Polymerase chain reaction (PCR), a trusted molecular method in academia and industrial applications, has become a workhorse for food safety service labs and even in processing facilities to detect foodborne pathogens. Its popularity should be of no surprise: It’s accurate, fast, and easy to use.

PCR’s excellent performance has made it a valuable tool in the markets that have adopted it; however, not all instrumentation is alike, and the commercial assays that are available can vary in quality and design. Only a few commercial assays are truly capable of ruling out nontarget organisms and performing across a range of food matrices that can challenge molecular methods. Proving that capability eludes nearly all but a select group of commercial instruments and tests.

AFNOR Certification
The BAX® System Real-Time PCR Assay for Salmonella has been certified according to International Organization for Standardization (ISO) 16140-2 (which specifies the technical protocol for validating alternative methods of microbiological testing in the food chain) by AFNOR, a France-based European ISO certification organization that is widely recognized for the accreditation of food safety detection methods, for the ability to both detect Salmonella spp. in all human foods, including dairy (except powdered milk) and chocolate food categories, and to work with a shortened enrichment protocol for raw meats and seafood. This certification also includes pet food and production environmental samples (except primary production environment). The real-time Salmonella assay is one of 10 existing BAX system assays (for real-time and traditional endpoint PCR) to be certified by AFNOR.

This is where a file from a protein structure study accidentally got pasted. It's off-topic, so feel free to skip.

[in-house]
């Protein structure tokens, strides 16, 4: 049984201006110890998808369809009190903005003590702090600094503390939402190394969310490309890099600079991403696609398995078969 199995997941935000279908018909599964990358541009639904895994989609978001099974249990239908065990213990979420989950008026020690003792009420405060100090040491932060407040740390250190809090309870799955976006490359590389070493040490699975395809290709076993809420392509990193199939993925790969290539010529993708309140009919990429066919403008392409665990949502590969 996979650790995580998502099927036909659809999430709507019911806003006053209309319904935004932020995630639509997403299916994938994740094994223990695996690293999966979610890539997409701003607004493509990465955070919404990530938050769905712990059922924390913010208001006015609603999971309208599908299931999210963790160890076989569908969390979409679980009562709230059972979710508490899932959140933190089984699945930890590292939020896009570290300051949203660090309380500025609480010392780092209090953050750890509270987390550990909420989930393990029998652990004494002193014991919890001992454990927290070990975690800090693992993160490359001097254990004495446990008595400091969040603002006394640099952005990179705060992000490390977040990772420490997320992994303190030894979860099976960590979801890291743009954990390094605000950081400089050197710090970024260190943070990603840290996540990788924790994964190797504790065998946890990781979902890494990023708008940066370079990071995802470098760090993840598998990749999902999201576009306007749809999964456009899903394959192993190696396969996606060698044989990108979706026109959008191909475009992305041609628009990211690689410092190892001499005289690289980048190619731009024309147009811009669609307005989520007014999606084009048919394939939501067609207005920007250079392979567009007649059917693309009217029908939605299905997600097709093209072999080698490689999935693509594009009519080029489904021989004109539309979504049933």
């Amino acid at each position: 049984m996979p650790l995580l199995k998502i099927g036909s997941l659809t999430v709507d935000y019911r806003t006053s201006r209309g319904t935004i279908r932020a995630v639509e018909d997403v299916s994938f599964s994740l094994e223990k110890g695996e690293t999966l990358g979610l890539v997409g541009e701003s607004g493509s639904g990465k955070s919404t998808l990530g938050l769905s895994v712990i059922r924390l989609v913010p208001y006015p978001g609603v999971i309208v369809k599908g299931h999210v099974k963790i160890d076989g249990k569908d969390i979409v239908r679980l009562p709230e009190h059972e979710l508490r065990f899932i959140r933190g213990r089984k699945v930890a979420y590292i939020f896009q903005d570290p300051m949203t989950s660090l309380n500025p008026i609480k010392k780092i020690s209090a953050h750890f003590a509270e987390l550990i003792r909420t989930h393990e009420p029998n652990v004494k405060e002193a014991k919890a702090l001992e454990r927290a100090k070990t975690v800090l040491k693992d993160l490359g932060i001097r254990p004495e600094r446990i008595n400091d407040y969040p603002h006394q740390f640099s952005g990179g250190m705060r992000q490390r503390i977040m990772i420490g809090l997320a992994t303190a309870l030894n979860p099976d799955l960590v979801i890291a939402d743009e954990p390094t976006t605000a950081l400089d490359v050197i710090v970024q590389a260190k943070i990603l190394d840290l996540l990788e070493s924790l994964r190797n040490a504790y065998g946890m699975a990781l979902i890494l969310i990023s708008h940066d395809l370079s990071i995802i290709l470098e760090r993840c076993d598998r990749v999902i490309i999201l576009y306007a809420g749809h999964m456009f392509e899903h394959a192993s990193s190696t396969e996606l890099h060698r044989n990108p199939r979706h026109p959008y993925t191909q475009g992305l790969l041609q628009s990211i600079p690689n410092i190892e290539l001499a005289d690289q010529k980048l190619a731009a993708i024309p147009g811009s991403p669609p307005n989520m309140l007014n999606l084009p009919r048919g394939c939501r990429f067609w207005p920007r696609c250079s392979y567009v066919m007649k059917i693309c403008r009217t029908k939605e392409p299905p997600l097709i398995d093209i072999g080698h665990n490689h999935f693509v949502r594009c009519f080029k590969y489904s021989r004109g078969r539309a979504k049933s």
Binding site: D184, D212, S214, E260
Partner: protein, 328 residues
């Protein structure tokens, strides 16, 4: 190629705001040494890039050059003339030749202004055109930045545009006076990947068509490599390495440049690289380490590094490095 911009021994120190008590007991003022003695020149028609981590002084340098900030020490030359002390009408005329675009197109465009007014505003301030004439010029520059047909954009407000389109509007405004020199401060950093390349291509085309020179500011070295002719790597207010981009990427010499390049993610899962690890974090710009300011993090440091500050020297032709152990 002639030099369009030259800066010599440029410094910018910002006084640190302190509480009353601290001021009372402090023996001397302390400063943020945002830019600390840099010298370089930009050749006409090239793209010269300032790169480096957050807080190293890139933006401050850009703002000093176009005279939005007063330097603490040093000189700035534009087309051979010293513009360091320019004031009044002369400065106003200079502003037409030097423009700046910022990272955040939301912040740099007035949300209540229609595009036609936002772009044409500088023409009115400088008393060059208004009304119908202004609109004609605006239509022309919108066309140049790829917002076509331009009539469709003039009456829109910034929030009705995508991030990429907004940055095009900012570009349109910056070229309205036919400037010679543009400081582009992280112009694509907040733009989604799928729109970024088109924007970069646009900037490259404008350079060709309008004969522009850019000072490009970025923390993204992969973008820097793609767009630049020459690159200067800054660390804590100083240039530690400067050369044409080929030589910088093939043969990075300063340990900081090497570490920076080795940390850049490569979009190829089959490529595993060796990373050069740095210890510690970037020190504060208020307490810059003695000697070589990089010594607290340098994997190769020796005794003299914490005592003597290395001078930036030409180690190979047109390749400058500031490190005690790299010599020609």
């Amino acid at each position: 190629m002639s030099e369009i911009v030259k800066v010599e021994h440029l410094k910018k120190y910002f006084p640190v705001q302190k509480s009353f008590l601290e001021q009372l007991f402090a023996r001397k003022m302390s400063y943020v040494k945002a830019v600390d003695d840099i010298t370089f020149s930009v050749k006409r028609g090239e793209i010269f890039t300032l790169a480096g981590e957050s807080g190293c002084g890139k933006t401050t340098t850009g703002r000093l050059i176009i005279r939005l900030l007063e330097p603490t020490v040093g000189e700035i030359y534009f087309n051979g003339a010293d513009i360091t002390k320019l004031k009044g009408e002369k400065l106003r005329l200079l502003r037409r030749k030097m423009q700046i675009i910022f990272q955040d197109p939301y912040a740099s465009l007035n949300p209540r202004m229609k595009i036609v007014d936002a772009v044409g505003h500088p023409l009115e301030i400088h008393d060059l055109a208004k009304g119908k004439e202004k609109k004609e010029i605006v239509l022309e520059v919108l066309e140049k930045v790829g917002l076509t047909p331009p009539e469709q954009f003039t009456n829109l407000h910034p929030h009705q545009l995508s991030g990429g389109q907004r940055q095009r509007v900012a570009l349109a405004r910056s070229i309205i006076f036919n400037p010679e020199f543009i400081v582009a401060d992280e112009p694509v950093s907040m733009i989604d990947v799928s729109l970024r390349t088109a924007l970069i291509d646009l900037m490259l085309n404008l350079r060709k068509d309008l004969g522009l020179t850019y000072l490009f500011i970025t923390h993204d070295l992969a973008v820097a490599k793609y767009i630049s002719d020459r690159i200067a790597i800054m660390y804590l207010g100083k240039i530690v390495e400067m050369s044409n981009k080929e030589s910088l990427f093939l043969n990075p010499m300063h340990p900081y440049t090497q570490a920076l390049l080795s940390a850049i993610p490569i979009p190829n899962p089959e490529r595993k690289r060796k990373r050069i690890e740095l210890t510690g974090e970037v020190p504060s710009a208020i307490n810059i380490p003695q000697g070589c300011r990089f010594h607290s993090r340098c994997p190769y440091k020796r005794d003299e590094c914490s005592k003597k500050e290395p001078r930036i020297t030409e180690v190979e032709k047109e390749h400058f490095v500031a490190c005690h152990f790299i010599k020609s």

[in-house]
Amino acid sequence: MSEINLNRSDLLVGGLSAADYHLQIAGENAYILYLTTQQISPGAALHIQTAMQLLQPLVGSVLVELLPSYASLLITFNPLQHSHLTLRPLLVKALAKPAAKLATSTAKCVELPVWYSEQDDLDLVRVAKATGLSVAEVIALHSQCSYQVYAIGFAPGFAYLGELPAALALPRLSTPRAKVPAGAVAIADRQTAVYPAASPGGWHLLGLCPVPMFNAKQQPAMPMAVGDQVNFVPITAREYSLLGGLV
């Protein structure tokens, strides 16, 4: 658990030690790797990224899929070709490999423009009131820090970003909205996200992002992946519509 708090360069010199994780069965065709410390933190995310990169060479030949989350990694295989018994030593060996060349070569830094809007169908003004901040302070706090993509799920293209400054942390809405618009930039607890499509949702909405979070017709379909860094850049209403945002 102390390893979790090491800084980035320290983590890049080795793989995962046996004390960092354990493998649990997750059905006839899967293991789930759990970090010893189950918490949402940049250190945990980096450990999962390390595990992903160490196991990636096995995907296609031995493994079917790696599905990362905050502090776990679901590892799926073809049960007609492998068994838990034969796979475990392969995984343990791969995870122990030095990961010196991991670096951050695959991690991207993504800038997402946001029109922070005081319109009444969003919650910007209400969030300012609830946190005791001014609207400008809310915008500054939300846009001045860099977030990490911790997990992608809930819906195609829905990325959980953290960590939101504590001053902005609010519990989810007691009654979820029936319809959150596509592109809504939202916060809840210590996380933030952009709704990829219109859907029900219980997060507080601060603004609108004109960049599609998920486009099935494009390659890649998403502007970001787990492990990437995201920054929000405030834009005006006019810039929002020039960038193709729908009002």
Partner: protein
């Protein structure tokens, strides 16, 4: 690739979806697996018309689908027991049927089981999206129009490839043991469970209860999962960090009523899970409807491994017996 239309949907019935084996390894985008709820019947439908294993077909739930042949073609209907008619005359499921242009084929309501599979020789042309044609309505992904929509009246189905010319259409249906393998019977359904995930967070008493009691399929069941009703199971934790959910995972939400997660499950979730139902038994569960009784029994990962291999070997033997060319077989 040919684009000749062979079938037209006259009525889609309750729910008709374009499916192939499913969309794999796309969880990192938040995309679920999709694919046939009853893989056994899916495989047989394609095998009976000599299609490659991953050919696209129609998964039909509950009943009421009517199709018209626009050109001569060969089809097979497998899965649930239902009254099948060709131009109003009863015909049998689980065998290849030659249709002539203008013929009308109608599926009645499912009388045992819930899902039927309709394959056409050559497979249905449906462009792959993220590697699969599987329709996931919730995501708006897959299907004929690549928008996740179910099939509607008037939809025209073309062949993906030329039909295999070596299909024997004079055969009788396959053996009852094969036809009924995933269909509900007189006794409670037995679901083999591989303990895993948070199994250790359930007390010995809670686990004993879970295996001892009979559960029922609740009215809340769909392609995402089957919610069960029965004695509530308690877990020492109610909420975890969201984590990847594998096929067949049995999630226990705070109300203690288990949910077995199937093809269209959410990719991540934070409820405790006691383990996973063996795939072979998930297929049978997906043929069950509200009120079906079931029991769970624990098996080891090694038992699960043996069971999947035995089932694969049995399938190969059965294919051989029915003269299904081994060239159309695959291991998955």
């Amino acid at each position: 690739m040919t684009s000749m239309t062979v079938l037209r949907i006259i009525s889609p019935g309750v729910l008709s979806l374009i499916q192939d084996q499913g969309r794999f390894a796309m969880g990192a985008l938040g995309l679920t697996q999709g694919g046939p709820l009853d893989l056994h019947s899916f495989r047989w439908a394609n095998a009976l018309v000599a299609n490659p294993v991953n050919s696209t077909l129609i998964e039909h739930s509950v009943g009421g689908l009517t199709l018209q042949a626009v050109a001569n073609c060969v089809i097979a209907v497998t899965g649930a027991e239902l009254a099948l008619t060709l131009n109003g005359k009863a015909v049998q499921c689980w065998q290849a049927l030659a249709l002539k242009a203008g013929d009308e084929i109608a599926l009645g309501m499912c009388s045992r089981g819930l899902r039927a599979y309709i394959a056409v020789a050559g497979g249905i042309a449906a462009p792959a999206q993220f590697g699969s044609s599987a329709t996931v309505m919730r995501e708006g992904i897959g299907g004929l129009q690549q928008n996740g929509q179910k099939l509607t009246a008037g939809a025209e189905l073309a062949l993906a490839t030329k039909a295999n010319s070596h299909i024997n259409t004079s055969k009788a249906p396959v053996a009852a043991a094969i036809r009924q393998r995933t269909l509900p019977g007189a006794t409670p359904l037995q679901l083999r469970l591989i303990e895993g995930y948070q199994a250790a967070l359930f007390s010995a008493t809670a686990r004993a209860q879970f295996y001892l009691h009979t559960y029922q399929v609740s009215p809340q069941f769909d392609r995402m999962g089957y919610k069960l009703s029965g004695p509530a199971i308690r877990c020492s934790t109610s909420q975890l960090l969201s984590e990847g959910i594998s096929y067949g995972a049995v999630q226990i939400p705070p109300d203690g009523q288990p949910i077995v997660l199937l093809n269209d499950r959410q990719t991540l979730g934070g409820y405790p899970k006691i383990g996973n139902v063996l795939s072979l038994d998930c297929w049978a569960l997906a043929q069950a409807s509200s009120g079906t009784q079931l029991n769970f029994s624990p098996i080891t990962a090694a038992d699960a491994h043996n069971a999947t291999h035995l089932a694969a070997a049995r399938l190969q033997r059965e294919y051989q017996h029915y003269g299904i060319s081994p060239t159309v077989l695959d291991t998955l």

Comparative Study Demonstrates Superior Performance
A study conducted by the Nestlé Research Centre and the Uni-versity of Zurich helps bolster the qualifications of the BAX system to deliver accurate results, even in difficult matrices. The comparative study evaluated seven commercial PCR assays for Salmonella with regards to inclusivity, exclusivity, and limits of detection. To determine the limits of detection, four food products known to cause PCR inhibition were inoculated at various levels and tested after enrichment with each assay. These matrices included skim milk powder, bouillon powder with Mediterranean herbs, black tea, and cocoa powder.

The inclusivity and exclusivity results showed that the BAX system was one of three real-time Salmonella PCR kits that could not only correctly identify 49 Salmonella strains (from 39 serotypes) but also rule out 29 non-Salmonella strains. The remaining four systems had false positive rates of 3.1 to 15.6 percent. Even a small false-positive rate can mean that invaluable time, labor, and other resources (including halting a food supply line) can be wasted in an effort to eradicate a nonexistent pathogen.

Data from Difficult Matrices
While all methods compared returned similar values for the limit of detection in milk powder and bouillon powder, the BAX system demonstrated a limit of detection of less than one colony-forming unit of Salmonella in 25 g of black tea and cocoa powder without inhibition. These two food matrices mainly contain polyphenols, known to be inhibitory for PCR.

Certain matrices are considered difficult because they can contain food constituents or environmental compounds that inhibit PCR. Such inhibition is a common reason for PCR failure, assuming an adequate number of DNA copies are present.

The BAX system has features such as internal amplification controls that can verify that inhibition did not occur, which other RT-PCR systems may lack. In addition, it can detect Escherichia coli O157:H7 specifically (not a range of non-H7 strains), reducing the potential for the false identification of H7.

The BAX System Real-Time Salmonella Assay has been shown to accurately detect Salmonella spp., even in matrices that contain inhibitory compounds as tested in this third-party-led study. Many of these substances are naturally pres-ent in foods and can negatively impact PCR results. Therefore, choosing the right assay that can identify pathogens in a variety of matrix types is essential for maintaining microbiological standards for the food industry.